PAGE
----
Crop residue burning has drastically increased air pollution levels to a point where governments have declared it a public health emergency for the fourth consecutive year.
Agricultural smog Crop residue burning has drastically increased air pollution levels to a point where governments have declared it a public health emergency for the fourth consecutive year. © Borlaug Institute for South Asia

Stories in India

A Silver Lining Amid Northwest India’s Thick Smog

While stubble burning prevails, some farmers are championing a “greener revolution” through use of the Happy Seeder.

What’s behind Northwest India’s winter haze?

  • 23 million tonnes of rice residue burnt annually in Northwest India.
  • Smoke travels downwind, contributes 18-25% to Delhi’s air pollution.
  • Coupled with low wind speed and cold weather, creates a thick smog that captures PM2.5 and PM10.

Parwinder Singh stands at the edge of his rice fields in Fatehgarh Sahib, Punjab, directing a fleet of Happy Seeder machines to mulch his farm residue and sow the wheat crop for the next season. His golden-brown rice stubble stands tall after harvest, contrasting against the charred grey fields all around.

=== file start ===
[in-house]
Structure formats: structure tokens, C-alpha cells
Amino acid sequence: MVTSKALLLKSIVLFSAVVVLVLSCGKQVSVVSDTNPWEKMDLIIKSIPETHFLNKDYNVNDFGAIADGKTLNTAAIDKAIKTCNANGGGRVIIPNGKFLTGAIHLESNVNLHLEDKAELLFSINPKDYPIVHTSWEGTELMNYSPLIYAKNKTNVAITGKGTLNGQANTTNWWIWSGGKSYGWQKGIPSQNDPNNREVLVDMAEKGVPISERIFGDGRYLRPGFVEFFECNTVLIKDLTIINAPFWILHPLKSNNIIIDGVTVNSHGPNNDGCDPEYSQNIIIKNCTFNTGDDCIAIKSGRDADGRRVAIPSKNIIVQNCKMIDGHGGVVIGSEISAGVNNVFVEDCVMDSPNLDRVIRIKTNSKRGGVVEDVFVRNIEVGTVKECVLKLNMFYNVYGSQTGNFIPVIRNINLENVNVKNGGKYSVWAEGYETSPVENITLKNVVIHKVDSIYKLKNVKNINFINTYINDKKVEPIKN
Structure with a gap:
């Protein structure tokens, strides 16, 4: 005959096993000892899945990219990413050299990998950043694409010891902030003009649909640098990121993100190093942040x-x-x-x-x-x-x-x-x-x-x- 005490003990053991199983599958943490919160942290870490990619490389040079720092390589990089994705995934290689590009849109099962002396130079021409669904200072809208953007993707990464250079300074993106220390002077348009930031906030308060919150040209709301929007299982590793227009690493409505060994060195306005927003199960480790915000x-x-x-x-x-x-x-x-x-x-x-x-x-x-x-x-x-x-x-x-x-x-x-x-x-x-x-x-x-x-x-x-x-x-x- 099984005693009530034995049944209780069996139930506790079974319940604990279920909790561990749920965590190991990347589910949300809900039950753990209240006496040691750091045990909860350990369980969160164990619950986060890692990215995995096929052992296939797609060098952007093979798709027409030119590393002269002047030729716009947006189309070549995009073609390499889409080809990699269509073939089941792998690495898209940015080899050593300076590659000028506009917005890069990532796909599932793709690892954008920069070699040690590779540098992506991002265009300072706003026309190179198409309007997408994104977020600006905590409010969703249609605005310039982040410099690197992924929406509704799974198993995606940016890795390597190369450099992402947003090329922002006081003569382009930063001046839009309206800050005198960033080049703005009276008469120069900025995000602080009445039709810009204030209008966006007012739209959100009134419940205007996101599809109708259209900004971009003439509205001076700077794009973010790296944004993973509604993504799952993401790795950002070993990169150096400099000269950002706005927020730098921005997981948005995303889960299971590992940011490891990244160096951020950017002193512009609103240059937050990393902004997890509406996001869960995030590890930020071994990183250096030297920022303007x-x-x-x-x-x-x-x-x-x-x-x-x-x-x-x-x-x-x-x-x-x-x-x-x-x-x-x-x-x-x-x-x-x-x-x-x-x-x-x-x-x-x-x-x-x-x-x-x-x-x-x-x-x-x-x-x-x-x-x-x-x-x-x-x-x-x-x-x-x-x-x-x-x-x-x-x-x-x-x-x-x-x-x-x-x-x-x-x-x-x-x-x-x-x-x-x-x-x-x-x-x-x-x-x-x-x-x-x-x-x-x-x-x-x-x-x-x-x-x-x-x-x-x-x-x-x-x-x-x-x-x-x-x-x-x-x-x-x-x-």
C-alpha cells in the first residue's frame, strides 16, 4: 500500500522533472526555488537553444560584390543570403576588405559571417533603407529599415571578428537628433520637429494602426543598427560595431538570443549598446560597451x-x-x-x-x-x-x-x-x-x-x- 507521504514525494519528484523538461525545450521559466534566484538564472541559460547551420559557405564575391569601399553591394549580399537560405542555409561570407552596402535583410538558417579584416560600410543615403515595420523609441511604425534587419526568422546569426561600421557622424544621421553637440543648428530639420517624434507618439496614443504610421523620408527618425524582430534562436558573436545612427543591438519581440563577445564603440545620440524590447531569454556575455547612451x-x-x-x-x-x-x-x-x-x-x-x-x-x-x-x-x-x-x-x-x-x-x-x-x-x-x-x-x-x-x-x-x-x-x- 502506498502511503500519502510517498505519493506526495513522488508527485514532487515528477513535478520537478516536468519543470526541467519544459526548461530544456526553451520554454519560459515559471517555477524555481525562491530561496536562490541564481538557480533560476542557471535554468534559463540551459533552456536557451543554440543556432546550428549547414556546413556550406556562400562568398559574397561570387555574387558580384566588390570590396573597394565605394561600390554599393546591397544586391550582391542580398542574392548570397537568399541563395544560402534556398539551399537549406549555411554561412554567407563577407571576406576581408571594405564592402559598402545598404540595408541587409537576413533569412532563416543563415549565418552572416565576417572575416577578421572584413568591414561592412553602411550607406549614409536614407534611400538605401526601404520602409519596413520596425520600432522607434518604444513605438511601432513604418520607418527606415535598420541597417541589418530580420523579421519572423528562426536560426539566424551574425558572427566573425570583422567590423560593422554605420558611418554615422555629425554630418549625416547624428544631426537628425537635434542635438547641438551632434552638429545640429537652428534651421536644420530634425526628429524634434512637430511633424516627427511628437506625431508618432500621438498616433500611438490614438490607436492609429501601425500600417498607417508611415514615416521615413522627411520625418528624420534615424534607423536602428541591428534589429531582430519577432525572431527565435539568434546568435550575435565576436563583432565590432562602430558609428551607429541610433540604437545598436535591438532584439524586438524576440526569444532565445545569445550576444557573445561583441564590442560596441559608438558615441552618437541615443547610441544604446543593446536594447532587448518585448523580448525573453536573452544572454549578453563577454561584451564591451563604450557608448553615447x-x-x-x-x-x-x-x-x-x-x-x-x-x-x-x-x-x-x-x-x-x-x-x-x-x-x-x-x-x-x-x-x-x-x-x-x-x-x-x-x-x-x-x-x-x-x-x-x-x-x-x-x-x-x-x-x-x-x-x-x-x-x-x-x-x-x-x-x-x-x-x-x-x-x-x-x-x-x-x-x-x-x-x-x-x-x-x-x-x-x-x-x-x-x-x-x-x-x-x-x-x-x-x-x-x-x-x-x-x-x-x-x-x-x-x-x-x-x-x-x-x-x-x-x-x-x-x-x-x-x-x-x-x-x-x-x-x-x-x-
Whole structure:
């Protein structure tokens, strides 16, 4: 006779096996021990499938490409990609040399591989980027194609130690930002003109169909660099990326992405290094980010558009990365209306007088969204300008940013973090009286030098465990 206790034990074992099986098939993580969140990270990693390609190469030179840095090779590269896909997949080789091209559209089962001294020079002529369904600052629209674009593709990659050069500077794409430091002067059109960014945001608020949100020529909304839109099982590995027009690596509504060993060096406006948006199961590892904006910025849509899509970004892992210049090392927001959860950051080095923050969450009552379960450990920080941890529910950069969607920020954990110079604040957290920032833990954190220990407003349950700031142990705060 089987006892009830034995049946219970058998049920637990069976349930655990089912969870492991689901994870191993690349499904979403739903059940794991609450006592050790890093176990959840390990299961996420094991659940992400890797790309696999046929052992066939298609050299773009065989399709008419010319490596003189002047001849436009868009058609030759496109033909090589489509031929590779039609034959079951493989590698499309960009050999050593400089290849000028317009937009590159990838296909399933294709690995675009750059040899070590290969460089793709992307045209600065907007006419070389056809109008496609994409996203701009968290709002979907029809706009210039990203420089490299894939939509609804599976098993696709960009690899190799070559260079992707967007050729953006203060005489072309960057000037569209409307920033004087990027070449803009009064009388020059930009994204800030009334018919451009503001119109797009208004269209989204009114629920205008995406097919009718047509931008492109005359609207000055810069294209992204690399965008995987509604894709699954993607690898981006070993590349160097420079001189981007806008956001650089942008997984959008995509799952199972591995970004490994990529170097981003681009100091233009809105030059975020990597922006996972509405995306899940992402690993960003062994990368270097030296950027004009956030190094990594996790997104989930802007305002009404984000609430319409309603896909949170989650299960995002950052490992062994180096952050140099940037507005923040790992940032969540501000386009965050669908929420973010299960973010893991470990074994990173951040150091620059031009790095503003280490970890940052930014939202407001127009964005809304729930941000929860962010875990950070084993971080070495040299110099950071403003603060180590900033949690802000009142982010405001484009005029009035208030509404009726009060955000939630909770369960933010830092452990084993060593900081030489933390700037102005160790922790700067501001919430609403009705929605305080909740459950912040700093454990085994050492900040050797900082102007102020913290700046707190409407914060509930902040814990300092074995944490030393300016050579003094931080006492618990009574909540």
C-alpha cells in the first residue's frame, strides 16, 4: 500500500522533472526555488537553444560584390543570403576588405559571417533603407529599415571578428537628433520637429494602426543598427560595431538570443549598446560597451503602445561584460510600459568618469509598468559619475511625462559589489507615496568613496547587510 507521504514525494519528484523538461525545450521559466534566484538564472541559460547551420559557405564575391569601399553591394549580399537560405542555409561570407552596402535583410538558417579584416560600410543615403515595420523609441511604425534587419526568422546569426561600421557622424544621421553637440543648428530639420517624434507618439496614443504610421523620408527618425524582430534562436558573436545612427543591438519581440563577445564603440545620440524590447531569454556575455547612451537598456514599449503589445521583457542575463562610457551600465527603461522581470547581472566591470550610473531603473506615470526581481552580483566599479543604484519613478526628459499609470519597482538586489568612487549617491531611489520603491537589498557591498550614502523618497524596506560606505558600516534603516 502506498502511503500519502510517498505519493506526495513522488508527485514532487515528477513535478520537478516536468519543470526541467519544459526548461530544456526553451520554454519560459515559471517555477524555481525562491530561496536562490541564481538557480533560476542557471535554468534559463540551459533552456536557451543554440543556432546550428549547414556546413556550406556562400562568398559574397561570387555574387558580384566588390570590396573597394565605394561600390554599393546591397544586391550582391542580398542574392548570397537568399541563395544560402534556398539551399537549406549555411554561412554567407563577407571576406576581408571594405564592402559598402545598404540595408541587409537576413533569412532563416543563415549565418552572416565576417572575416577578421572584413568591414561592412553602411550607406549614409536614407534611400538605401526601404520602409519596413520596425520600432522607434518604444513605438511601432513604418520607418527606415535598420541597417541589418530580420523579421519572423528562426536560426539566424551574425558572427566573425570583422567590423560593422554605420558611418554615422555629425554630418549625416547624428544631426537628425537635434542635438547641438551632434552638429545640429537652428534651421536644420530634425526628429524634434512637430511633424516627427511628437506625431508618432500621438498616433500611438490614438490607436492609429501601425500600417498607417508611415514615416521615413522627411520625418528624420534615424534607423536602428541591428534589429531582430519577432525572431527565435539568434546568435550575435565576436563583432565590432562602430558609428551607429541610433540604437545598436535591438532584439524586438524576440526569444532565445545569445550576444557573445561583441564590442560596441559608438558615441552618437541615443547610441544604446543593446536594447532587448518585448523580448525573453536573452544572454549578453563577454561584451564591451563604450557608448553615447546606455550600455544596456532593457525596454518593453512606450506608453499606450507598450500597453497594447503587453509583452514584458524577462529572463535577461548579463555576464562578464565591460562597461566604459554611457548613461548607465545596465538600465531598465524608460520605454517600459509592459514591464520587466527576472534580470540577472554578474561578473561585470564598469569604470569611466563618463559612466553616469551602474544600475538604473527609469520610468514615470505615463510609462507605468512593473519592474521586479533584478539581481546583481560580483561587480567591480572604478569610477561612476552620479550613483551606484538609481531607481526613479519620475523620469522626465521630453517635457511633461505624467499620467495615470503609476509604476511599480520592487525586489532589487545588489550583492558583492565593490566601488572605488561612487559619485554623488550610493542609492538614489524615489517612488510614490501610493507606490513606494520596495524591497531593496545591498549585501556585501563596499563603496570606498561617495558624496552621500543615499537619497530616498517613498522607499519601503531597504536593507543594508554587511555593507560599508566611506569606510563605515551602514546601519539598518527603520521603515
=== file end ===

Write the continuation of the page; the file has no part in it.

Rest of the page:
Thick black smoke rises everywhere, as majority of farmers choose the easier option of lighting a match and burning their residue to ashes. But Parwinder Singh is among the few but steadily growing number of farmers who are changing traditional agricultural practices and using the Happy Seeder—a machine that enables on site management of rice residue in a way that is cost effective for the farmer and beneficial for the environment.

Crop residue burning in Punjab, Haryana and Western Uttar Pradesh has drastically increased air pollution levels to a point where governments have declared it a public health emergency for the fourth consecutive year. While the situation is surely grave, there are signs on the ground that change is coming, albeit slowly.

Leading the way for a “Greener Revolution”

To expedite the pace of the Happy Seeder adoption, The Nature Conservancy and its partners* have organised themselves to work on-the-ground in seven districts in Punjab and Haryana. With funding support from Tata Trusts, 59 Happy Seeders were purchased this November to train farmers in how to use them. We are also working with Precision Agriculture for Development to advance behaviour change communication to aide farmers’ adoption of the Happy Seeder. However, these efforts will begin to show results next year.